Certain enterprises also have particular needs and preferences. For example, some corporate enterprises may maintain a network that interfaces with offices in different countries, and depending on the person accessing the information, he or she may have a particular language preference. Certain enterprises also find it highly desirable to have a reconfigurable interface to provide updated graphics, information, and presence to network users. These subscriber interfaces may change rapidly in some industries. A system offering information access should therefore be readily reconfigurable and offer subscriber interfaces structured for the enterprise for use on a variety of input devices.
 Such a system should be relatively easy to set up and maintain, and use readily available hardware and software wherever possible. Further, the system should provide for data access tracking and efficient security and authorization.
 Systems fully addressing the aforementioned needs of users and enterprises are relatively unknown in the telecommunications, Internet, and mobile computing fields. Inventors currently employed by Wireless Knowledge, the assignee of the present application, have invented a system utilizing a Data Center to provide access to the desired information over a series of laptops. Those applications include U.S. patent application Ser. No. 09/438,817, entitled “SECURE REMOTE ACCESS TO ENTERPRISE NETWORKS,” to Randy Salo et al.; U.S. patent application Ser. No. 09/438,815, entitled “METHOD OF PROVIDING REMOTE ACCESS TO SUBSCRIBER INFORMATION MAINTAINED ON ENTERPRISE NETWORKS,” to Randy Salo et al.; U.S. patent application Ser. No. 09/436,661, entitled “SECURE REMOTE ACCESS TO ENTERPRISE NETWORKS EMPLOYING ENTERPRISE GATEWAY SERVERS,” to Randy Salo et al., U.S. patent application Ser. No. 09/438,819, entitled “DATA CENTER FOR PROVIDING SUBSCRIBER ACCESS TO DATA MAINTAINED ON AN ENTERPRISE NETWORK,” to Randy Salo et al., U.S. patent application Ser. No. 09/438,033, entitled “ENTERPRISE NETWORK ARCHITECTURE,” to Randy Salo et al.; U.S. patent application Ser. No. 09/438,818, entitled “DATA TRANSMISSION ARCHITECTURE FOR SECURE REMOTE ACCESS TO ENTERPRISE,” to Randy Salo et al.; U.S. patent application Ser. No. 09/438,816, entitled “USER INTERFACE FOR USE WITH SECURE REMOTE ACCESS TO ENTERPRISE NETWORKS,” to Randy Salo et al.; and U.S. patent application Ser. No. 09/438,820, entitled “SYSTEM AND METHOD FOR DETERMINING REMOTE ACCESS DEVICE USED TO ACCESS ENTERPRISE NETWORK DATA,” to Randy Salo et al., the entirety of which are incorporated herein by reference.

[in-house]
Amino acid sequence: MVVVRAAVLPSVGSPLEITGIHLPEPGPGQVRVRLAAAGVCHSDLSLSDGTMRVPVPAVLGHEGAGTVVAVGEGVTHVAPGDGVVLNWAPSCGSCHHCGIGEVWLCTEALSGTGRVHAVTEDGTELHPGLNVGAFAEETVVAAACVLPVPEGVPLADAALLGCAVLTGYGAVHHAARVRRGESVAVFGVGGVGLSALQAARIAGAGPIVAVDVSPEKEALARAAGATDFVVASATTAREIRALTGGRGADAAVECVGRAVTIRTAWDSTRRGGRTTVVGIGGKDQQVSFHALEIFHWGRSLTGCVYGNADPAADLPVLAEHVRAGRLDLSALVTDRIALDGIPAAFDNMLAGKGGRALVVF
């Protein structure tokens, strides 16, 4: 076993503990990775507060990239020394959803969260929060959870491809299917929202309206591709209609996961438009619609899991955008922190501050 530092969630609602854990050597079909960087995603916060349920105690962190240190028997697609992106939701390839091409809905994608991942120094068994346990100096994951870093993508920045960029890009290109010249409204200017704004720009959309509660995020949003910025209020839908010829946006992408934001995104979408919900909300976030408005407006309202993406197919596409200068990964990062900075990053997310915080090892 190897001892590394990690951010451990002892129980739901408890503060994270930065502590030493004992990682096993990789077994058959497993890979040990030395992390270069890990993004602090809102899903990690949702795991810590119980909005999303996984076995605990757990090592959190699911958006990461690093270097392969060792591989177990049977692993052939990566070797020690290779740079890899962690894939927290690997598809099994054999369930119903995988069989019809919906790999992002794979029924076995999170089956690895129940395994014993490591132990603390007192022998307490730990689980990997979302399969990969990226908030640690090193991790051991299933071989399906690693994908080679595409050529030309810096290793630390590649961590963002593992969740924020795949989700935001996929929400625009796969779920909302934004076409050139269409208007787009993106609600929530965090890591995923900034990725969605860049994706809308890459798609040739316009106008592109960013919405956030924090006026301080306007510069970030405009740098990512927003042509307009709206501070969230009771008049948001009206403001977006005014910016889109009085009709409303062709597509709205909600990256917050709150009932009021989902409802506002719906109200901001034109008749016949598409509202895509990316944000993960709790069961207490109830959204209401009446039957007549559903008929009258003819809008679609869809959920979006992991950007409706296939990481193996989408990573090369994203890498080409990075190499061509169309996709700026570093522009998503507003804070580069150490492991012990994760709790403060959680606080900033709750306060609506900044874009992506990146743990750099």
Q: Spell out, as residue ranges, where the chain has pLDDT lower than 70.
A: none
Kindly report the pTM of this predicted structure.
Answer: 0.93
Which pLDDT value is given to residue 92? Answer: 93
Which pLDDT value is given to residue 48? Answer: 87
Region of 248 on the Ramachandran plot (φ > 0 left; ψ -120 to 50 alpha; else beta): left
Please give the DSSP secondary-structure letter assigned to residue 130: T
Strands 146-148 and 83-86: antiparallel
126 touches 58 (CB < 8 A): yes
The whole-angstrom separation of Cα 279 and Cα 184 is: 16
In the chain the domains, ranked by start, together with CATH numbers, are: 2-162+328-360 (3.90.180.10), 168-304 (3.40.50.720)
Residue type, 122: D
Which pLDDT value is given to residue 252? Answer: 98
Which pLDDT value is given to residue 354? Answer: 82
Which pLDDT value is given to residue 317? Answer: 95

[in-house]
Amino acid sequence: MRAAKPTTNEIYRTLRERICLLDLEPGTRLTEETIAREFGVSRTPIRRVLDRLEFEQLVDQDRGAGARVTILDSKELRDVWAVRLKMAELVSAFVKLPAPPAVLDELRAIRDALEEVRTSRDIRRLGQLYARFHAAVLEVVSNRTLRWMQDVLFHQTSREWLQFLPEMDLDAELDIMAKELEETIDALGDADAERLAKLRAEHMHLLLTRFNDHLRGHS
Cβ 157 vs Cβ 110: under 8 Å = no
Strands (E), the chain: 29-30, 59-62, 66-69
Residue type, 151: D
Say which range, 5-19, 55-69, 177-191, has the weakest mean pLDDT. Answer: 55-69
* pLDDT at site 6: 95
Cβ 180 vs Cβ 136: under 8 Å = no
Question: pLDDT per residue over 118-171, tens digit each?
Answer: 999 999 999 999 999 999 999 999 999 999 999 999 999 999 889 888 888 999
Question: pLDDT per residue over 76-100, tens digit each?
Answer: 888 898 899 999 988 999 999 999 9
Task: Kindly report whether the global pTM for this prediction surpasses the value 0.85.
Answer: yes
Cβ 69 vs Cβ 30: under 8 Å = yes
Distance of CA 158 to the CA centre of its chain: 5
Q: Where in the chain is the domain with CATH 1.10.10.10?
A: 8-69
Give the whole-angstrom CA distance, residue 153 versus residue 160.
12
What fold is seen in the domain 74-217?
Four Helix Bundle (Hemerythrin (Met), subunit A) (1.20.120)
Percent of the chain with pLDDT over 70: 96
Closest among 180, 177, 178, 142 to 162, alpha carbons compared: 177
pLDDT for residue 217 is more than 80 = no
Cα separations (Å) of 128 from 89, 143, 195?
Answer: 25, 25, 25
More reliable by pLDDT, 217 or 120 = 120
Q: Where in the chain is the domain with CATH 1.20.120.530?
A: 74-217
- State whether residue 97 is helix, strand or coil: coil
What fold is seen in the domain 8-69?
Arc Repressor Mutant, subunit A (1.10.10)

The Data Center approach can, in certain circumstances, provide unwanted and undesirable latency. Further, some enterprise personnel have expressed concerns about security of transmissions and maintenance of sensitive information at a remote site, such as a Data Center.
 It is therefore an object of the current invention to provide a system for offering convenient and efficient access to data, including e-mail, calendar/date book, and addresses. These terms are commonly known in the art, wherein e-mail represents electronic mail deliverable in a recognized format, including attachments and other electronic mail attributes. Calendar/date book data represents dates of meetings, appointments, holidays, or other noteworthy events maintained in a searchable database type format. Addresses represent information associated with contacts, such as the contact's name, title, company, business address, business phone number, business fax number, home address and/or phone number, cellular phone number, e-mail address, and so forth.